Who gets the last word? Well, sometimes it’s the bartender. Yes, the men and women who work the taps are capable of discussing any topic. In this case, however, “The Last Word” is a long forgotten cocktail. Apparently forged in the Prohibition era of potent mixers capable of pummeling fiery rotgut gin into submission, the cocktail has recently been resurrected by bartenders with an interest in dusting off and polishing up the past.
Most wines complement a dish. From pasta to steaks to that mound of molten chocolate cake at the end of a meal, it’s possible to fit the perfect bottle. Others suit an occasion — the bleary, bubbly toast at midnight on New Year’s Eve, for instance, or that cheerful sauvignon blanc around a backyard grill on a summer evening. Knowing how to pair toward a plate or an event is fundamental to the enjoyment of a good bottle.
Christmas is coming. And that means …If you finished the sentence with “tamales,” you are aware of one of the great culinary seasonal miracles. Yes, the Mexican staple is available throughout the year. Too often these are haphazard and parched, prepared with little care. Throughout the month of December, however, it is easy to find tamales — really good tamales. What’s the difference? At taquerias that adhere to tradition, nothing.
Muck Rack makes it simple to find people, tweets, or articles that mention any name, keyword, company, hashtag etc. We've compiled this guide to help you make the most of your search.
Selecting a term
Start searching tweets, articles from media outlets, articles mentioned in tweets, journalists'
names, titles and bios with some suggested searches:
Companies or Topics (e.g. iPhone, Microsoft)
Phrases (e.g. "cloud computing") — use quotes to keep the terms together
Twitter handles (e.g. @username) — returns those who have mentioned or replied to
Names (e.g. "David Pogue")
Hashtags (e.g. #sxsw, #london2012)
Bio details (e.g. vegan, Olympics, father)
Muck Rack's Advanced Search allows for many boolean operators.
Find results that mention multiple specified terms, use AND or
+. For example, ensure each result contains both Elon Musk and Mark Zuckerberg by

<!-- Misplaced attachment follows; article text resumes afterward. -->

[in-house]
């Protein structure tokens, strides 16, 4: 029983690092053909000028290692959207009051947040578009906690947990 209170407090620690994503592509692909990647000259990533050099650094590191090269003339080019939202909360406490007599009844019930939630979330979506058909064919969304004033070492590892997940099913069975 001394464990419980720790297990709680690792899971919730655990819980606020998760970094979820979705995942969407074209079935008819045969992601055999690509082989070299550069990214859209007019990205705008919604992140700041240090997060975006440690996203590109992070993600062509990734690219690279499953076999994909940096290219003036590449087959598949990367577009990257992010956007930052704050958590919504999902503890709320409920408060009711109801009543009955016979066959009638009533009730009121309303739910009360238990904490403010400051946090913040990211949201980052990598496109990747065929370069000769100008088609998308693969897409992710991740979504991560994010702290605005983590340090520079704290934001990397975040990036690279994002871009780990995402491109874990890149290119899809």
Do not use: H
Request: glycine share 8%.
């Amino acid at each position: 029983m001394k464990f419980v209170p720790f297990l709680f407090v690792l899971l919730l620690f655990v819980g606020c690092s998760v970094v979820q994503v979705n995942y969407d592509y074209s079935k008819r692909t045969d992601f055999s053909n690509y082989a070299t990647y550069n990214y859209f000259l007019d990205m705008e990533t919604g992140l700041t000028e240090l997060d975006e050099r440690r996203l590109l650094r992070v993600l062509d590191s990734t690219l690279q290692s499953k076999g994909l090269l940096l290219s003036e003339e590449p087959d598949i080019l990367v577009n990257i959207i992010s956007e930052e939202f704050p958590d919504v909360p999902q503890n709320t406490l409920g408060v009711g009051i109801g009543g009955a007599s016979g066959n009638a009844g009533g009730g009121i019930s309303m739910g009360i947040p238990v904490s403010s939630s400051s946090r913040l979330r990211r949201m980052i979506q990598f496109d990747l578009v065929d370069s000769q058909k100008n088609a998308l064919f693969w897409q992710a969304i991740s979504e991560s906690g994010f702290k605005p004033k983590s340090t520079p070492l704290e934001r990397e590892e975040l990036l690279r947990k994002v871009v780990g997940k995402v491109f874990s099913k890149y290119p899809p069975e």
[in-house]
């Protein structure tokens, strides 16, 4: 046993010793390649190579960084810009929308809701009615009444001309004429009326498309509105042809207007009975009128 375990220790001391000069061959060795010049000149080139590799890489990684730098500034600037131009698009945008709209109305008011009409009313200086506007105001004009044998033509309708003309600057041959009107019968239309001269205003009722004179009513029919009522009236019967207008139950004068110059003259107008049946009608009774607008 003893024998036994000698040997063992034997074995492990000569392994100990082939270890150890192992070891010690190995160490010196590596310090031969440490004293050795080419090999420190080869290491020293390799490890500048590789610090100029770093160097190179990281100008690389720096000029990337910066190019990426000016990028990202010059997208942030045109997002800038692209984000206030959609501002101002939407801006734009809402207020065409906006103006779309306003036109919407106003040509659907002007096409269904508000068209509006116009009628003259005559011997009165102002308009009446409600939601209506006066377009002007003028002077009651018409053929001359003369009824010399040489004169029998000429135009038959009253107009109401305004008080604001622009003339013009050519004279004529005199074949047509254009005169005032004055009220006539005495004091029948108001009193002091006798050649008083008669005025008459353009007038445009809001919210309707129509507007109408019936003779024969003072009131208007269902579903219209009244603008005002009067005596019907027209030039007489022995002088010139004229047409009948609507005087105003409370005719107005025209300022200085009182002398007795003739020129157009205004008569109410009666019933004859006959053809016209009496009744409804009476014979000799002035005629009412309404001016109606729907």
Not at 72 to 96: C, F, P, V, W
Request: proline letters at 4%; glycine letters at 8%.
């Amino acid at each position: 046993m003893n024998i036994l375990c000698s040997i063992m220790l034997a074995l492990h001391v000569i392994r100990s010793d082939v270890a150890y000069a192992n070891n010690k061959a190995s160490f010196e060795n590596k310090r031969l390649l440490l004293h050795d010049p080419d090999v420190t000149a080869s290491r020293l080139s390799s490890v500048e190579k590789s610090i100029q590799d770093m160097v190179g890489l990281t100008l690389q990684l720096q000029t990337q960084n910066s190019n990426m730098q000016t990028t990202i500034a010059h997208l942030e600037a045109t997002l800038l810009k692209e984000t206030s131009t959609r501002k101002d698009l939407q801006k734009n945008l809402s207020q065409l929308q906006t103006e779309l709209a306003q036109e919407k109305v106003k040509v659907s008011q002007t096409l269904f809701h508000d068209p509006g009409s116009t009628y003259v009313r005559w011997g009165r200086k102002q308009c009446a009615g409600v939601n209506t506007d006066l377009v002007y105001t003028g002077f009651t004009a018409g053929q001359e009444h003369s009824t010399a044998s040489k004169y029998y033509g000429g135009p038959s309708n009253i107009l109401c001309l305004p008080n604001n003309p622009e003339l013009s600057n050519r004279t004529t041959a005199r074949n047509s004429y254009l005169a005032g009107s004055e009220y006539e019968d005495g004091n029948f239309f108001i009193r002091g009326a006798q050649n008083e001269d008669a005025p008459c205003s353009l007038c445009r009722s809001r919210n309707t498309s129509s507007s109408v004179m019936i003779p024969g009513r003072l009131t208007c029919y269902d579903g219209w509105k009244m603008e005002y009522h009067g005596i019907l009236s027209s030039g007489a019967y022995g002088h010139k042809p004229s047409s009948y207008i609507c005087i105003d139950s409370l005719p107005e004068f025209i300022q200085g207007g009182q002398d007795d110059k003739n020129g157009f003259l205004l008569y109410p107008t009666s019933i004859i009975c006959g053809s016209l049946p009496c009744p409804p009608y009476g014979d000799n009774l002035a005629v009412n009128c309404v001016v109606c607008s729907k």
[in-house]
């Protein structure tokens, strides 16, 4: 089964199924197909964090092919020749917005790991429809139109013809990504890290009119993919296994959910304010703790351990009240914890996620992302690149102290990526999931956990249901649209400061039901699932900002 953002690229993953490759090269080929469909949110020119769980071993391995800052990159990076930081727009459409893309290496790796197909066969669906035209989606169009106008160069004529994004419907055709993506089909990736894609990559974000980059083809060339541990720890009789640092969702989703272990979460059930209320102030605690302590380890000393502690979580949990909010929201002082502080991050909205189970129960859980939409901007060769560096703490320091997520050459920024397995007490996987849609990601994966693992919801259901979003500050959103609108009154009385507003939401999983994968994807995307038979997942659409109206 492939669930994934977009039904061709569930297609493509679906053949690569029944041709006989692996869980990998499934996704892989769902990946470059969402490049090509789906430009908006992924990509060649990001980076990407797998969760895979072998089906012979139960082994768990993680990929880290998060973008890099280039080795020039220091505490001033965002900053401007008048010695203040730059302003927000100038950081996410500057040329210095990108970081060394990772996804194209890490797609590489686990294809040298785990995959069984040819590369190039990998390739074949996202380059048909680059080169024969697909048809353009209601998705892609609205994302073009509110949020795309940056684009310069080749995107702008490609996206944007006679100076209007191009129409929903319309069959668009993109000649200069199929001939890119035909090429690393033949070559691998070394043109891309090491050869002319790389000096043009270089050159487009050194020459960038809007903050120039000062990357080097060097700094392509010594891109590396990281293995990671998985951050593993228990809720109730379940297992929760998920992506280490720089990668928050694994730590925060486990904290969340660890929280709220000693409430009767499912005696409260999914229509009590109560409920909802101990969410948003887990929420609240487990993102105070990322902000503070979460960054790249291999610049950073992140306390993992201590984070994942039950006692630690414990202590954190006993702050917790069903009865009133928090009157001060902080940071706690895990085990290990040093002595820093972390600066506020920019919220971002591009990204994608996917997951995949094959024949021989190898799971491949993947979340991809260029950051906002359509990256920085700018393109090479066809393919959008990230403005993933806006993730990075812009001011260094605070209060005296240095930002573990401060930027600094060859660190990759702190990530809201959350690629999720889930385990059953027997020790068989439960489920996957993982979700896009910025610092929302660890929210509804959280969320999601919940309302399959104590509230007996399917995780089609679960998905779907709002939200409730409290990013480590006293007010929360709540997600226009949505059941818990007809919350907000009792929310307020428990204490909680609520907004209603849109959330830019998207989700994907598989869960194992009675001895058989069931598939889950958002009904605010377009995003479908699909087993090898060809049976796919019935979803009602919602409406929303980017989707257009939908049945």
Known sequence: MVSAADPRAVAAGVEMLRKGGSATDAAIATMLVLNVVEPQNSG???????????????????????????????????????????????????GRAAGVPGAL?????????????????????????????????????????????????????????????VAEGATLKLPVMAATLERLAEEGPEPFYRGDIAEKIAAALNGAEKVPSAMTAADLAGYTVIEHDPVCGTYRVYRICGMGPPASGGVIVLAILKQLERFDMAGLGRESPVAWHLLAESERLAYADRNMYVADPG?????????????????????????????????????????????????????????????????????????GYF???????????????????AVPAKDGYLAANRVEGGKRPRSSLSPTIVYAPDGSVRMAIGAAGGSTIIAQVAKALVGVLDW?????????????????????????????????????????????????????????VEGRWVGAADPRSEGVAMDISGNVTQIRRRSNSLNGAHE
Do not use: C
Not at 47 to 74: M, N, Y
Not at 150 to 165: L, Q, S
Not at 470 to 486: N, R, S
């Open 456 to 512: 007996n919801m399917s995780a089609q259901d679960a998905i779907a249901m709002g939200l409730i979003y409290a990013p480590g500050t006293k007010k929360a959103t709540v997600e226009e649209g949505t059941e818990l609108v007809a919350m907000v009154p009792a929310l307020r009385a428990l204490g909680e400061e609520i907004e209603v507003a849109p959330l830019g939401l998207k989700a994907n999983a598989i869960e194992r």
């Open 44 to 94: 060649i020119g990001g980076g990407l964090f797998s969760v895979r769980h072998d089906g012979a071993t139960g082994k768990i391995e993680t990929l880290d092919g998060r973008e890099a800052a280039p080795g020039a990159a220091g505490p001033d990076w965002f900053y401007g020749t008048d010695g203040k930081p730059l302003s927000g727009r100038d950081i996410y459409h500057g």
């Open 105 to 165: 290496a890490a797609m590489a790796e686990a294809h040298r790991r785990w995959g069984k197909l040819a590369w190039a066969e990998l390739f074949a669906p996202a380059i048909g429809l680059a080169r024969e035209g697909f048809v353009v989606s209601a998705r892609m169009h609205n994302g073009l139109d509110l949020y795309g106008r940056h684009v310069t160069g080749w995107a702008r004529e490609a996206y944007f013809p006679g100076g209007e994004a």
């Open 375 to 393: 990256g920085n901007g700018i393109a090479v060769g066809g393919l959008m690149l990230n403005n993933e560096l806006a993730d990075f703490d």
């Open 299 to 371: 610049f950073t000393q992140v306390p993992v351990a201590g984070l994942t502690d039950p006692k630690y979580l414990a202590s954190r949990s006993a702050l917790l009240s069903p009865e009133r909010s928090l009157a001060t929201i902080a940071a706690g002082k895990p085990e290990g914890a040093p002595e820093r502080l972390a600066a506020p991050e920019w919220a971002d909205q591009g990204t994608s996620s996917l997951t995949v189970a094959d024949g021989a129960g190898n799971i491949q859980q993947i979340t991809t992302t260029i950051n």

searching Musk AND Zuckerberg or Musk + Zuckerberg.
Use the operators OR or , to broaden your search when you'd like either of
multiple terms to appear in results. (This is the default behavior of our search when no operators
are used). For example, results will contain either cake or cookie by searching cake OR cookie or cake,cookie
Use NOT or - to subtract results from your search. For
example, searching Disney will yield results about the Walt Disney Company as well as Walt Disney
World Resort. To exclude mentions of Disney World, search for Disney -World or Disney
When using one of these operators with a phrase, enclose it in quotation marks. For example, you can
find results about smartphones excluding Apple's iPhone 4S by searching smartphone -"iPhone
Exact case matching or punctuation
If you're searching for a brand name or keyword that relies on specific punctuation marks or capitalization, you can
find results that match your exact query by adding matchcase: before the keyword you're searching for, like matchcase:E*TRADE .
Use parentheses to separate multiple
boolean phrases. For example, to find journalists talking about having fun in Disney World or
Disneyland, search for ("disney world" OR disneyland) AND fun.
An asterisk can be used to search for any variation of a root word truncated by the asterisk. For example, searching for admin* will return results for administrator, administration, administer, administered, etc.
A near operator is an AND operator where you can control the distance between the words. You can vary the distance the near operation uses by adding a forward slash and number (between 0-99) such as strawberries NEAR/10 "whipped cream", which means the strawberries must exist within 10 words of "whipped cream".